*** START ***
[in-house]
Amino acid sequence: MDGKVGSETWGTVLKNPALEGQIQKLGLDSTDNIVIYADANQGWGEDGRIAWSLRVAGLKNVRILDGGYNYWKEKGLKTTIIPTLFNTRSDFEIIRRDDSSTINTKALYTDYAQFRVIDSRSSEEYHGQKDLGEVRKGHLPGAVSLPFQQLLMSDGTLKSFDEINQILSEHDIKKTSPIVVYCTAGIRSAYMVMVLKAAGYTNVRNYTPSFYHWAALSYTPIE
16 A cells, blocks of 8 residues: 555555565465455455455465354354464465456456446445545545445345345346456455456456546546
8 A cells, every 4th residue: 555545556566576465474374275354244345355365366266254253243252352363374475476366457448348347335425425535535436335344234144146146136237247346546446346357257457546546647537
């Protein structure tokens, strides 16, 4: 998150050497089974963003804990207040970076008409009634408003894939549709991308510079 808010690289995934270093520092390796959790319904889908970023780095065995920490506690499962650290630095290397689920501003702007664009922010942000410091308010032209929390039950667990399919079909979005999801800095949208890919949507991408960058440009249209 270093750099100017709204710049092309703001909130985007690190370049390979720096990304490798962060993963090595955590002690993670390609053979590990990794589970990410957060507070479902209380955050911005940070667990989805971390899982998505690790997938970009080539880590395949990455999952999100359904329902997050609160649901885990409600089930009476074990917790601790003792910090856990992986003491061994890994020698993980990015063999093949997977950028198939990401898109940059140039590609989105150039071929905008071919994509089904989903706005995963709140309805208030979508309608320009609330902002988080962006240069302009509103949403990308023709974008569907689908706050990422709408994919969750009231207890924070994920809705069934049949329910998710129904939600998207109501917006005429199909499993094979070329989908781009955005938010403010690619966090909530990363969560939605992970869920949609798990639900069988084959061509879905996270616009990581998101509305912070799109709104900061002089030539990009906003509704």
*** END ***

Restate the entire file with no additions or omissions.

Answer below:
[in-house]
Amino acid sequence: MDGKVGSETWGTVLKNPALEGQIQKLGLDSTDNIVIYADANQGWGEDGRIAWSLRVAGLKNVRILDGGYNYWKEKGLKTTIIPTLFNTRSDFEIIRRDDSSTINTKALYTDYAQFRVIDSRSSEEYHGQKDLGEVRKGHLPGAVSLPFQQLLMSDGTLKSFDEINQILSEHDIKKTSPIVVYCTAGIRSAYMVMVLKAAGYTNVRNYTPSFYHWAALSYTPIE
16 A cells, blocks of 8 residues: 555555565465455455455465354354464465456456446445545545445345345346456455456456546546
8 A cells, every 4th residue: 555545556566576465474374275354244345355365366266254253243252352363374475476366457448348347335425425535535436335344234144146146136237247346546446346357257457546546647537
């Protein structure tokens, strides 16, 4: 998150050497089974963003804990207040970076008409009634408003894939549709991308510079 808010690289995934270093520092390796959790319904889908970023780095065995920490506690499962650290630095290397689920501003702007664009922010942000410091308010032209929390039950667990399919079909979005999801800095949208890919949507991408960058440009249209 270093750099100017709204710049092309703001909130985007690190370049390979720096990304490798962060993963090595955590002690993670390609053979590990990794589970990410957060507070479902209380955050911005940070667990989805971390899982998505690790997938970009080539880590395949990455999952999100359904329902997050609160649901885990409600089930009476074990917790601790003792910090856990992986003491061994890994020698993980990015063999093949997977950028198939990401898109940059140039590609989105150039071929905008071919994509089904989903706005995963709140309805208030979508309608320009609330902002988080962006240069302009509103949403990308023709974008569907689908706050990422709408994919969750009231207890924070994920809705069934049949329910998710129904939600998207109501917006005429199909499993094979070329989908781009955005938010403010690619966090909530990363969560939605992970869920949609798990639900069988084959061509879905996270616009990581998101509305912070799109709104900061002089030539990009906003509704």